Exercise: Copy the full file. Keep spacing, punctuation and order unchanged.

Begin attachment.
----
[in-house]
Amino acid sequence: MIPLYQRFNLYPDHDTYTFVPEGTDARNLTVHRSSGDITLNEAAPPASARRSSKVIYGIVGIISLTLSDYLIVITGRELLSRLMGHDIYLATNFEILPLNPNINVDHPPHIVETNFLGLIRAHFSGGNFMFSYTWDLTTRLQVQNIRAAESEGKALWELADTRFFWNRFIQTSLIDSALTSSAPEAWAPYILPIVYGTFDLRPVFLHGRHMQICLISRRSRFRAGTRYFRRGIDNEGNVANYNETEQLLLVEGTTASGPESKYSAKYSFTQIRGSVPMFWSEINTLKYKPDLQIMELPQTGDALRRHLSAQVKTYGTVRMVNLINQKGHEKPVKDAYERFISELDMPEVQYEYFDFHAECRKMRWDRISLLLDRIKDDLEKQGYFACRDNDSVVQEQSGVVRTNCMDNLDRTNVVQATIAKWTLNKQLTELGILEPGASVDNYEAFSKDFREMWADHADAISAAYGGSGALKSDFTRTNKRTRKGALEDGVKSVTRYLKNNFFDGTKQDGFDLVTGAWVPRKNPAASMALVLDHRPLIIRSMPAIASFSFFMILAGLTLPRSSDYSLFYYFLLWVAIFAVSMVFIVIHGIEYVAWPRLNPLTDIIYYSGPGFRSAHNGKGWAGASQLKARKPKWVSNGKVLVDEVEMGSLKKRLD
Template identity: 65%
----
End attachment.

[in-house]
Amino acid sequence: MIPLYQRFNLYPDHDTYTFVPEGTDARNLTVHRSSGDITLNEAAPPASARRSSKVIYGIVGIISLTLSDYLIVITGRELLSRLMGHDIYLATNFEILPLNPNINVDHPPHIVETNFLGLIRAHFSGGNFMFSYTWDLTTRLQVQNIRAAESEGKALWELADTRFFWNRFIQTSLIDSALTSSAPEAWAPYILPIVYGTFDLRPVFLHGRHMQICLISRRSRFRAGTRYFRRGIDNEGNVANYNETEQLLLVEGTTASGPESKYSAKYSFTQIRGSVPMFWSEINTLKYKPDLQIMELPQTGDALRRHLSAQVKTYGTVRMVNLINQKGHEKPVKDAYERFISELDMPEVQYEYFDFHAECRKMRWDRISLLLDRIKDDLEKQGYFACRDNDSVVQEQSGVVRTNCMDNLDRTNVVQATIAKWTLNKQLTELGILEPGASVDNYEAFSKDFREMWADHADAISAAYGGSGALKSDFTRTNKRTRKGALEDGVKSVTRYLKNNFFDGTKQDGFDLVTGAWVPRKNPAASMALVLDHRPLIIRSMPAIASFSFFMILAGLTLPRSSDYSLFYYFLLWVAIFAVSMVFIVIHGIEYVAWPRLNPLTDIIYYSGPGFRSAHNGKGWAGASQLKARKPKWVSNGKVLVDEVEMGSLKKRLD
Template identity: 65%